“The journey of a thousand miles begins with a single step”
The single step that began my journey to Everest base camp was a tentative one; taken in supple new hiking boots across smooth black tarmac. I felt the skin on my bare arms prickle into goosebumps in the air of a morning so clear it gleamed like glass, the sun glaring white on the surface of the tiny 16 seater plane that waited for us. In the distance the mountains waited, shimmering slightly in the frosty air. That clear cold sky was good; it meant that we would fly that day.
We had woken in the still-dark early morning, sneaking from our hostel dorm between the silhouettes of sleeping strangers, and had ridden in a rusting taxi to the airport as a dusty pink dawn rose above Kathmandu’s empty streets. The airport, a long hall of stained concrete and corrugated iron in green and grey, was full of mounds of trekking kit and sleepy eyed people stood in groups, sipping burnt coffee and introducing themselves to the people they would be sharing their adventure with. Sophie and I had no introductions to make – having made the decision to trek without a guide, a group or a porter, we would be sharing our adventure only with each other.
Like all of the places that have most captured my heart, I had found my way here by chance. Arriving in Nepal on a plane thrown through a stormy night sky from Delhi, exhausted by three months in India; I had spent a week hibernating with little ambition to do more than wander the streets with my camera and feel my body recover as I spooned down warm spiced dal bhat and creamy lassi topped with nuts. One day I spent a cold, bright afternoon watching funeral celebrations on the Ganges tributary Bagmati at Pashupatinath temple. Afterwards, I sat on the roof of the hostel, drinking black tea and talking to a very tall German guy with a severe smile and a slightly wind burnt face. He told me he had just returned from base camp after a solo trek, describing to me the hard beauty of the mountains, the heart-falling feeling of being alone on the trail, of standing with a map at a fork in the path; and I thought – there’s my adventure. I called Soph, who was due to fly in to Nepal the following week, and told her we were trekking to Everest base camp, unaided. She hesitated a second, and then said ‘ok’.
And so a couple of weeks later we found our way here, to a dirty airport hall in Kathmandu at dawn, waiting to board a tiny plane that would fly us into one of the most dangerous airstrips in the world.
Our trek would begin in Lukla, a mountain village nestled amongst the Himalayas, accessible by an airstrip notorious for its short length, sloping trajectory and pin drop positioning amongst the mountains. Soph is petrified of flying at the best of times, so to tackle the problem of actually getting her onto the plane we had purchased copious amounts of something purporting to be Valium from an entirely reputable back alley hole-in-the-wall in Kathmandu, in a bid to render her suitably unconscious and therefore less aware of the fact that she was climbing into a tin can with wings to be propelled towards the side of a mountain. She popped the first couple in the waiting hall and seemed cheerful enough, swaying gently against my shoulder and saying things that didn’t make much sense. When our flight was called she followed me across the tarmac and up the steps into the waiting plane, buckled herself in, and promptly burst into tears.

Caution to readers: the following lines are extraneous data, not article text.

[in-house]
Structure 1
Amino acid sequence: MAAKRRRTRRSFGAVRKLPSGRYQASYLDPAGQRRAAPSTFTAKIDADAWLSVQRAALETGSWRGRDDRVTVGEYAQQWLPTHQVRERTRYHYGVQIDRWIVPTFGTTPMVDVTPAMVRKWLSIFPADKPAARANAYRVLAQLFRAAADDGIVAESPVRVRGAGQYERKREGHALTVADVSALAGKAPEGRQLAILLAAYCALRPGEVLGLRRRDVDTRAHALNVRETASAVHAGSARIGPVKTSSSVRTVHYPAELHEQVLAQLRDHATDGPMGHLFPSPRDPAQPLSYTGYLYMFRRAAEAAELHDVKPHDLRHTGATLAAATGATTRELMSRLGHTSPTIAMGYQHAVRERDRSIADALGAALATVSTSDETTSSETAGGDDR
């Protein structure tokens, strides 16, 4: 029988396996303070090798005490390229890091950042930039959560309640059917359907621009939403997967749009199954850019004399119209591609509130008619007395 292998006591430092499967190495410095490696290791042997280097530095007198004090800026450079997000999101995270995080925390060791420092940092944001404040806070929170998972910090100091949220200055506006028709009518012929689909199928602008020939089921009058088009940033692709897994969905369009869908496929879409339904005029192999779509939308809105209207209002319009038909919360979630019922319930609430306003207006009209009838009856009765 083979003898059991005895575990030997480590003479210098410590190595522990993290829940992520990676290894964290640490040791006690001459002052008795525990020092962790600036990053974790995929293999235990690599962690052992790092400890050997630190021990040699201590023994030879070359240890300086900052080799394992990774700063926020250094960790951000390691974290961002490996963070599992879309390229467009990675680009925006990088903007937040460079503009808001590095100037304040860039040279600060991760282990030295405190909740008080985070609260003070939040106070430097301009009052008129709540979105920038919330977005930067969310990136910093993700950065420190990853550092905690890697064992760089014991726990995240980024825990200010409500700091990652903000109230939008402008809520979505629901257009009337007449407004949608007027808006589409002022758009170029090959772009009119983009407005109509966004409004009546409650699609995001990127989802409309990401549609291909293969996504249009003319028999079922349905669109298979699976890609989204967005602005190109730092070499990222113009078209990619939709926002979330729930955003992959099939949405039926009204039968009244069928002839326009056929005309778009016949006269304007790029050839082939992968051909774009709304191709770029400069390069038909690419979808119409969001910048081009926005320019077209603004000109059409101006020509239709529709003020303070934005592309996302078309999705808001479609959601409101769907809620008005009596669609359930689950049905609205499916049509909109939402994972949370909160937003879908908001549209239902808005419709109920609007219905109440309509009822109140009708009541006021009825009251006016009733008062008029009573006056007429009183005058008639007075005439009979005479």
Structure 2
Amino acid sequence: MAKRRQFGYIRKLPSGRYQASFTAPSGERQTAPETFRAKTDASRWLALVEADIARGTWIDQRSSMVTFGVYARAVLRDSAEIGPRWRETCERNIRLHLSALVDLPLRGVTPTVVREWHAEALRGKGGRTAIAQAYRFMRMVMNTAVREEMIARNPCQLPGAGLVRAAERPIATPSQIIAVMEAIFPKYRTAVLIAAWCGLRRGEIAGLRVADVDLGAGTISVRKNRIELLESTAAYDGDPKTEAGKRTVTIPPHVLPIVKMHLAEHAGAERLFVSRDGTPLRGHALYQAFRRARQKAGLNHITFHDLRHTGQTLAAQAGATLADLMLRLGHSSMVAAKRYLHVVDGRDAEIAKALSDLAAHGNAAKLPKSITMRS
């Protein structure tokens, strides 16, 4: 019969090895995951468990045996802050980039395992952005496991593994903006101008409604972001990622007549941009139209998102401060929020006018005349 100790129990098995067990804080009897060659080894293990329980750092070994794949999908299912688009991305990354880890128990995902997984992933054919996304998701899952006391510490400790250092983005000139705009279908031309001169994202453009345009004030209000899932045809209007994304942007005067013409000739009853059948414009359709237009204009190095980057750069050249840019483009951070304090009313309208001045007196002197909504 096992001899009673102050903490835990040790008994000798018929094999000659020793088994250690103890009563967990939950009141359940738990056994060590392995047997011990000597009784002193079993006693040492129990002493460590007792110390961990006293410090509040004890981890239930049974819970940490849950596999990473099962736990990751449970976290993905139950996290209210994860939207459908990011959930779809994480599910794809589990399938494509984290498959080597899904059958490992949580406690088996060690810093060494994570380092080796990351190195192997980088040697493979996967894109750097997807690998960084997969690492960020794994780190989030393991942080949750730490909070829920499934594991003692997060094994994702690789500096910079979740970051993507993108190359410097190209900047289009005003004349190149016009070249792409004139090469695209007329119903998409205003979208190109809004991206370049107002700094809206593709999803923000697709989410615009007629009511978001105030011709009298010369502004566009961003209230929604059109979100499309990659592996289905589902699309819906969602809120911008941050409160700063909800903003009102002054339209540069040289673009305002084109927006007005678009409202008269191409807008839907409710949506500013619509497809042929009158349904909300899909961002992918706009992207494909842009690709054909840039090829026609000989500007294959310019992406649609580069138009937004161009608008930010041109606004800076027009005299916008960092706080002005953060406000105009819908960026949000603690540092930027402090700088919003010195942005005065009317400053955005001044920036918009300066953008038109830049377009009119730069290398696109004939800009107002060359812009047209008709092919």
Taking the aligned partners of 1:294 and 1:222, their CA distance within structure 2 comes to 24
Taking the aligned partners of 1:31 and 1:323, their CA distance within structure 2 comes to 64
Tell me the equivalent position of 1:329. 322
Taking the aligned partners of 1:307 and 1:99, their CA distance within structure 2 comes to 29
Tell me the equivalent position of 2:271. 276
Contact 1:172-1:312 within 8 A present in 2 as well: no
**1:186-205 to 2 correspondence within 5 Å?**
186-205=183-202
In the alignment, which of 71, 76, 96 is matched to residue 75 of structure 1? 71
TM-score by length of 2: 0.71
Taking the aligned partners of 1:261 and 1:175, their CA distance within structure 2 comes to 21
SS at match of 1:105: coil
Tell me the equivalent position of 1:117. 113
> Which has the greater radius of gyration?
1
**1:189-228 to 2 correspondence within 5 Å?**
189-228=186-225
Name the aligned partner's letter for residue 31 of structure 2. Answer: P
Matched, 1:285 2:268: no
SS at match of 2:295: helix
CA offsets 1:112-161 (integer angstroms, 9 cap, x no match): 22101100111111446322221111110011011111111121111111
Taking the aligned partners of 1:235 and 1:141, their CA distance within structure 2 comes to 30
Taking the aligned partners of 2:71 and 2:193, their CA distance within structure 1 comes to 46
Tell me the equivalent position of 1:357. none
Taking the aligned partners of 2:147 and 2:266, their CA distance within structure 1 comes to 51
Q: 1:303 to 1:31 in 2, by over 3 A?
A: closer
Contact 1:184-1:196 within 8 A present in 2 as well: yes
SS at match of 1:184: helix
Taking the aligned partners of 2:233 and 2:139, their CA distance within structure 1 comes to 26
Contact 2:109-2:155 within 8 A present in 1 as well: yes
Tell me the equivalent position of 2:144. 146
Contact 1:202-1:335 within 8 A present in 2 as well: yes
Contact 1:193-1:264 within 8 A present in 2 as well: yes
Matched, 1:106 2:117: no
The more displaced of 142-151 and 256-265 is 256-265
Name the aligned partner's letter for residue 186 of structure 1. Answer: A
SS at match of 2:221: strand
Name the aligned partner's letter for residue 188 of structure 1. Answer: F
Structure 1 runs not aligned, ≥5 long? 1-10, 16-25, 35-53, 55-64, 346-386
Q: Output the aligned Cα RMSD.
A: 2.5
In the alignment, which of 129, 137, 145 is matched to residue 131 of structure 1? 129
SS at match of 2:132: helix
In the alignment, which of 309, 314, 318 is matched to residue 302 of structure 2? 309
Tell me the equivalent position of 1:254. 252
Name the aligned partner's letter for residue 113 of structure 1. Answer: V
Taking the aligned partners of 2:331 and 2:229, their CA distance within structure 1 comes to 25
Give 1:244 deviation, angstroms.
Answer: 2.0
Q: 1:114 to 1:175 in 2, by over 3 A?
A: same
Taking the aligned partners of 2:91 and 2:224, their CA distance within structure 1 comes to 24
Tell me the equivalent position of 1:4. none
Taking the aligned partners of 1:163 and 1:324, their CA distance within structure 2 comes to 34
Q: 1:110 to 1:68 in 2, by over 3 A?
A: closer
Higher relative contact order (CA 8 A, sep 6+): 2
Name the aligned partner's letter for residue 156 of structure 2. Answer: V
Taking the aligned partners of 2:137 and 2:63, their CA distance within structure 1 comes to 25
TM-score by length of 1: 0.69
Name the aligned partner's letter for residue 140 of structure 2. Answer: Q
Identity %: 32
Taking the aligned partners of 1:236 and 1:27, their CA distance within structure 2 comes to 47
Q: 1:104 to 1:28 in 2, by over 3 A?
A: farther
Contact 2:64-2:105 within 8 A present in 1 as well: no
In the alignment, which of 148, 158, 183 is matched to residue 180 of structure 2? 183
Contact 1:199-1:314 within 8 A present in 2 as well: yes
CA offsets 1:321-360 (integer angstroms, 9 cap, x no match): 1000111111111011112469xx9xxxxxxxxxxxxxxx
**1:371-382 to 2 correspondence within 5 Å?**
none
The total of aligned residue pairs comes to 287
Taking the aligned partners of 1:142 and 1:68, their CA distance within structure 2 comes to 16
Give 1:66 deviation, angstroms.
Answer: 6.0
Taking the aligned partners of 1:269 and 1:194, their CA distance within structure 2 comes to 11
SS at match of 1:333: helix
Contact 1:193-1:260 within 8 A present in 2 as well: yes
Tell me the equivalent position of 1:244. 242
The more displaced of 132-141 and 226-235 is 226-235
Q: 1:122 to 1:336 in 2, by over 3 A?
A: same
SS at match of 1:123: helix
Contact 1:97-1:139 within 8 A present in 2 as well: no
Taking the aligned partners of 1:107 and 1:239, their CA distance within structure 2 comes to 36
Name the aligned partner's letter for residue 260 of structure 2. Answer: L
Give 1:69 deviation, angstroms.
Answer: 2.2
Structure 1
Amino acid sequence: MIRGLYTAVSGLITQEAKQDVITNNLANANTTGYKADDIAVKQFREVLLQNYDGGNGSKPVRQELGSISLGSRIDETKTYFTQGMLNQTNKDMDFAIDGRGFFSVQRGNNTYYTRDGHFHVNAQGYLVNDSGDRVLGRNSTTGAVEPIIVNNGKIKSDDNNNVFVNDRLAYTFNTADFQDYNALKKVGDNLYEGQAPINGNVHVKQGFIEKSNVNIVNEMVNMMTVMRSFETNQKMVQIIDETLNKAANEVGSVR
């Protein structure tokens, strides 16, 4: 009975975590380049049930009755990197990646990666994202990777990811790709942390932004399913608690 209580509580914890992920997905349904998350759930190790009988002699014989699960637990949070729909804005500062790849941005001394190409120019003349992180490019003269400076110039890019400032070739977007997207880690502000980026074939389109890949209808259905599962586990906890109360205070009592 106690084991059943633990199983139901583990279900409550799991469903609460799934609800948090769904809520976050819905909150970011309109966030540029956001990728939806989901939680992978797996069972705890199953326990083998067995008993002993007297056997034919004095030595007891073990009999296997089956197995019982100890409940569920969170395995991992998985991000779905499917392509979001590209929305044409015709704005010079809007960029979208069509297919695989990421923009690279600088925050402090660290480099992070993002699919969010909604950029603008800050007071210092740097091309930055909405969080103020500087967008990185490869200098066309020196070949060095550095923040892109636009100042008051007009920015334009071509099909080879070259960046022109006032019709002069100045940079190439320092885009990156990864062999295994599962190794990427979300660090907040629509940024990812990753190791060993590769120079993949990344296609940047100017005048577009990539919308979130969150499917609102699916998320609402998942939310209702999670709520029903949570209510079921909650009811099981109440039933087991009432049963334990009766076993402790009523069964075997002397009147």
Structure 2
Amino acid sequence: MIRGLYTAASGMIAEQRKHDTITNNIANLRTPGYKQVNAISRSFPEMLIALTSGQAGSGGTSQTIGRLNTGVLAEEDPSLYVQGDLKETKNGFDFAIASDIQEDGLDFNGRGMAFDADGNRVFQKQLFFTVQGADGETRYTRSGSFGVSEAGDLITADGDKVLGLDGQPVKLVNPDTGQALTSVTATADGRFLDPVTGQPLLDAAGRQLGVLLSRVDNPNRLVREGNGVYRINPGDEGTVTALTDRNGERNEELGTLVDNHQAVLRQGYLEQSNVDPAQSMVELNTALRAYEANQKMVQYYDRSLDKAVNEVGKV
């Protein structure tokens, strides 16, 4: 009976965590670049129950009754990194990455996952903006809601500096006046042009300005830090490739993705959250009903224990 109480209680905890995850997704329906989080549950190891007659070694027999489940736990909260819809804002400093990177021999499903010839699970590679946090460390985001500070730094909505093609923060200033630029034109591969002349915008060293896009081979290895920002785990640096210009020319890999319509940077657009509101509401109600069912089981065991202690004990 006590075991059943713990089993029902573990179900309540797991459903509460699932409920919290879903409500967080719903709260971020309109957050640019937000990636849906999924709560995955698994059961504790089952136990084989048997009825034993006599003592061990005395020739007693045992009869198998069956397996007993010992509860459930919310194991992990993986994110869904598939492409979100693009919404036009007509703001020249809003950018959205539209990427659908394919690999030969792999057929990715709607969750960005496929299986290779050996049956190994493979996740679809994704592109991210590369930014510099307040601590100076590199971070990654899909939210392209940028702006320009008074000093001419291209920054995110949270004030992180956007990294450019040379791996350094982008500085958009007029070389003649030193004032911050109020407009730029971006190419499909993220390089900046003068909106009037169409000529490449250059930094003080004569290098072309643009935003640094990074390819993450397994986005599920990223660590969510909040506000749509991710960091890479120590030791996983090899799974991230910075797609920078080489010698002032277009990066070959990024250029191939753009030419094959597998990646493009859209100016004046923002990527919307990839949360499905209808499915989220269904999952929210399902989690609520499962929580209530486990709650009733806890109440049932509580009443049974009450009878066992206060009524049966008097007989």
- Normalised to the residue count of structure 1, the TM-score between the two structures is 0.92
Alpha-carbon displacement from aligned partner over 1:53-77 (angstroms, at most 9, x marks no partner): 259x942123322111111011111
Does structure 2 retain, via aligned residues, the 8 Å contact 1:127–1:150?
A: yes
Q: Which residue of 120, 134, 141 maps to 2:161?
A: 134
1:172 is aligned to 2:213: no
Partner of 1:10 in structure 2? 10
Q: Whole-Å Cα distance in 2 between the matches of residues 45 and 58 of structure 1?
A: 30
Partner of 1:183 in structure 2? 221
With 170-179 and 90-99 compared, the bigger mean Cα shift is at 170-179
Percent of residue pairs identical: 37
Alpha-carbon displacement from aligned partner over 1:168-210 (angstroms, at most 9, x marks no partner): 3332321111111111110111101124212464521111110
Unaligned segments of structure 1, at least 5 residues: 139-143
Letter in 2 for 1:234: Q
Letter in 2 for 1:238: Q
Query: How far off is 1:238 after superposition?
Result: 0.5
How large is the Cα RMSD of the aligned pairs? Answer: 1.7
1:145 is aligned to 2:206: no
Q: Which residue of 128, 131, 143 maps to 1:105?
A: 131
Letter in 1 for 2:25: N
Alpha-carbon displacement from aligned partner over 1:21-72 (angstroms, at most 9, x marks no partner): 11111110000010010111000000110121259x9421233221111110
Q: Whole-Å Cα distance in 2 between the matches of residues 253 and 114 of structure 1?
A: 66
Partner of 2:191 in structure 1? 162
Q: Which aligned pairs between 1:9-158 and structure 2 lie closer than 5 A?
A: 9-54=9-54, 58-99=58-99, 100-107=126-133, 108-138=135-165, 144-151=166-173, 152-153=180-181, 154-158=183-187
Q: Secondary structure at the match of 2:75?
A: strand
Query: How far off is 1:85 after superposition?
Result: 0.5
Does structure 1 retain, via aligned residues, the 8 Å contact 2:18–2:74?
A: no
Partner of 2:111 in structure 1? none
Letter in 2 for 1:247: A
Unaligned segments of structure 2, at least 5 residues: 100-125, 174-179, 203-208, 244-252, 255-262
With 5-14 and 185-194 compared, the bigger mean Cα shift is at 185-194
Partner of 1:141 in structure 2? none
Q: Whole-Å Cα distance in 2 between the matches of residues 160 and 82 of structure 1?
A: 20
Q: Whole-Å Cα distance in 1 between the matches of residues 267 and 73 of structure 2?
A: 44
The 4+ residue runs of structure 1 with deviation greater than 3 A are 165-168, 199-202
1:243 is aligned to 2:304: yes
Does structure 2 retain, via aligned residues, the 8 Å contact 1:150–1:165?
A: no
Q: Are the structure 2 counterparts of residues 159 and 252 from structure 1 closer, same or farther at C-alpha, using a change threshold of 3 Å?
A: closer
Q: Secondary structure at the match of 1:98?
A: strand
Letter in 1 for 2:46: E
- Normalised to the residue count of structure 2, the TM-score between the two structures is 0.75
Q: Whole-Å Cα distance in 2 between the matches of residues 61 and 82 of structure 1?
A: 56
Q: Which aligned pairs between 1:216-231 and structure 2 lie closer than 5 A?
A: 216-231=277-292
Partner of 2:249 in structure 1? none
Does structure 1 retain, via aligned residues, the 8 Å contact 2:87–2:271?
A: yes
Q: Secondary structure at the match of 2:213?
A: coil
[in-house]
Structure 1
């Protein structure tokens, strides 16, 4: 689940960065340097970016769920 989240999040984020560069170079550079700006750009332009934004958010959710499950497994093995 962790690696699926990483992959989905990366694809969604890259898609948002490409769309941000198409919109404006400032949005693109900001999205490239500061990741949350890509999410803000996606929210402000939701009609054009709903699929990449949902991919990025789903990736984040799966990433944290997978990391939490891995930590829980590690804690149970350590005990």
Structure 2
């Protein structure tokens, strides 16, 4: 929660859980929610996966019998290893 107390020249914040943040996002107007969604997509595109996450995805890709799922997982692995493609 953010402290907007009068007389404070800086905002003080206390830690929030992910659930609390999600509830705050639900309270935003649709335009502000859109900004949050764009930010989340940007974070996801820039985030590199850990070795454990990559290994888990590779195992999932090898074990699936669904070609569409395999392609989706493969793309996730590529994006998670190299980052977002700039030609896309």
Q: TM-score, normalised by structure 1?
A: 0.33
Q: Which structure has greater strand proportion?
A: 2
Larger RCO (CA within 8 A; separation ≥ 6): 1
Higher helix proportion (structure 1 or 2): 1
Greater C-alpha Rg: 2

After a brief scramble for the seats directly behind the cockpit with the most vertiginous view, the plane trundled down the runway and rose into the air with a cold shuddering of metal. I could hear Soph counting under her breath over the mechanical rumblings of the plane, and the rushing sound of air past the windows as we climbed, the earth dropping away sharply below us.
Once at altitude, the plane levelled out and we drifted through a dark navy sky stroked with scudding wisps of cloud, the tiny plane weightless on the breeze. Around us the Himalayas unfolded, undulating foothills rolling into a jagged horizon of dark peaks, forbidding and scarred with ice. At certain points the plane flew so close to the ground that I could see our shadow, faint and insignificant as that of a bird, a toy plane outlined against an illustrated map of a mountain. After what felt like a few minutes but was probably closer to half an hour the airstrip appeared ahead, an impossibly thin shoelace of black, and my stomach floated sharply into my throat as the plane began to fall gradually through the sky. For a moment it felt as though we were suspended, the ground rushing up at us as we coasted thermals, buffeted by the wind; and then the wheels touched down smoothly and we were safe, and suddenly we were piling off and being ushered from the airstrip into a narrow hall to collect our packs.
Dodging the few persistently hopeful guides hanging around the airport, we headed to a small bakery down the narrow track into the village. We bought cheese bread and hot coffee and took it outside to eat in the biting, wood smoked air, watching the steady stream of trekkers passing through the village towards the trail, their breath hanging in front of their faces and their steps deliberate and measured on the stony, frozen earth.
We walked amongst them as we left the village, sharing stories with the heavy set American guy with the tight curls and the determined eyes, the middle-aged Russian couple realising a long held dream, walking in tandem and swinging matching water bottles. The trail began to climb, and we began to out-pace the group as they fell back to ensure that no one got left behind. We walked on, treading carefully and jabbing the earth with our rusting rental walking poles, until we lost sight of them on the path behind.
And then we were alone.
The first thing was the silence. Nothing but mountain song drifting on the biting breeze; the soft flap of prayer flags, the distant clanking bells of a yak train on the path far above. Lower in the valley, the cool bubbling rush of the icy river, carving the mountain apart with a cold flash of turquoise. Our hearts beating in our ears and our breath catching in our throats. The slow song of the mountain, low and melancholy; the wavering alto of an ageing prima donna echoing over thousands of years. She is beautiful though; from the moment we stepped beyond the painted archway that marks the start of the ascent to base camp she was breath taking.